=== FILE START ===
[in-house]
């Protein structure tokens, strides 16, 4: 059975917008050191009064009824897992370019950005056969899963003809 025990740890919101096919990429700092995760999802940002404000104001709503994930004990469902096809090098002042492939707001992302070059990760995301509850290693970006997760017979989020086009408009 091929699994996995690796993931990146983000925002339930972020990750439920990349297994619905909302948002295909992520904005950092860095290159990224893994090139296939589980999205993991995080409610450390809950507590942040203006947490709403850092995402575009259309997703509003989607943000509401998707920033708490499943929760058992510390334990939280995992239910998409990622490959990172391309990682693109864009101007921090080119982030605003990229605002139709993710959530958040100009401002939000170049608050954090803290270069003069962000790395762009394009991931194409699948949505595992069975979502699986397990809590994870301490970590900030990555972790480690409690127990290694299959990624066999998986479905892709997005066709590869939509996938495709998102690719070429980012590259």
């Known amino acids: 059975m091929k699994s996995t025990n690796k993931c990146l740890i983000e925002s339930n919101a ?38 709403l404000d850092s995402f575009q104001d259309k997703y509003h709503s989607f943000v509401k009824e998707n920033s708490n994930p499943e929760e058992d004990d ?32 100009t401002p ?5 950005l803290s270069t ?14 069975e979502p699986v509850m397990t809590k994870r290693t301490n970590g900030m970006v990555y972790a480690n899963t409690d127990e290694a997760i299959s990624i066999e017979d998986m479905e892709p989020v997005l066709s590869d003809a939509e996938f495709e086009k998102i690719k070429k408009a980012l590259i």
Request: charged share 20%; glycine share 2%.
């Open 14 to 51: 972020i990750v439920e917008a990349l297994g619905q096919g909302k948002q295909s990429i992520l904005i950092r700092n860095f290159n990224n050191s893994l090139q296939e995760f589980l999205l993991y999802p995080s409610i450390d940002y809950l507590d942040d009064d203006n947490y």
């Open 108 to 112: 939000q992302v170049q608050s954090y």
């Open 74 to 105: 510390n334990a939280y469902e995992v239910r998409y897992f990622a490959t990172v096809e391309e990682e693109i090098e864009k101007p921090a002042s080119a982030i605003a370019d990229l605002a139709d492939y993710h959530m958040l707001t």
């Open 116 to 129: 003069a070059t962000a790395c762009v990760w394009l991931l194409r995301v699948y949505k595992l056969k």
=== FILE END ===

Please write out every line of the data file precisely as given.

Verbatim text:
[in-house]
């Protein structure tokens, strides 16, 4: 059975917008050191009064009824897992370019950005056969899963003809 025990740890919101096919990429700092995760999802940002404000104001709503994930004990469902096809090098002042492939707001992302070059990760995301509850290693970006997760017979989020086009408009 091929699994996995690796993931990146983000925002339930972020990750439920990349297994619905909302948002295909992520904005950092860095290159990224893994090139296939589980999205993991995080409610450390809950507590942040203006947490709403850092995402575009259309997703509003989607943000509401998707920033708490499943929760058992510390334990939280995992239910998409990622490959990172391309990682693109864009101007921090080119982030605003990229605002139709993710959530958040100009401002939000170049608050954090803290270069003069962000790395762009394009991931194409699948949505595992069975979502699986397990809590994870301490970590900030990555972790480690409690127990290694299959990624066999998986479905892709997005066709590869939509996938495709998102690719070429980012590259």
């Known amino acids: 059975m091929k699994s996995t025990n690796k993931c990146l740890i983000e925002s339930n919101a ?38 709403l404000d850092s995402f575009q104001d259309k997703y509003h709503s989607f943000v509401k009824e998707n920033s708490n994930p499943e929760e058992d004990d ?32 100009t401002p ?5 950005l803290s270069t ?14 069975e979502p699986v509850m397990t809590k994870r290693t301490n970590g900030m970006v990555y972790a480690n899963t409690d127990e290694a997760i299959s990624i066999e017979d998986m479905e892709p989020v997005l066709s590869d003809a939509e996938f495709e086009k998102i690719k070429k408009a980012l590259i």
Request: charged share 20%; glycine share 2%.
């Open 14 to 51: 972020i990750v439920e917008a990349l297994g619905q096919g909302k948002q295909s990429i992520l904005i950092r700092n860095f290159n990224n050191s893994l090139q296939e995760f589980l999205l993991y999802p995080s409610i450390d940002y809950l507590d942040d009064d203006n947490y």
């Open 108 to 112: 939000q992302v170049q608050s954090y």
């Open 74 to 105: 510390n334990a939280y469902e995992v239910r998409y897992f990622a490959t990172v096809e391309e990682e693109i090098e864009k101007p921090a002042s080119a982030i605003a370019d990229l605002a139709d492939y993710h959530m958040l707001t």
């Open 116 to 129: 003069a070059t962000a790395c762009v990760w394009l991931l194409r995301v699948y949505k595992l056969k």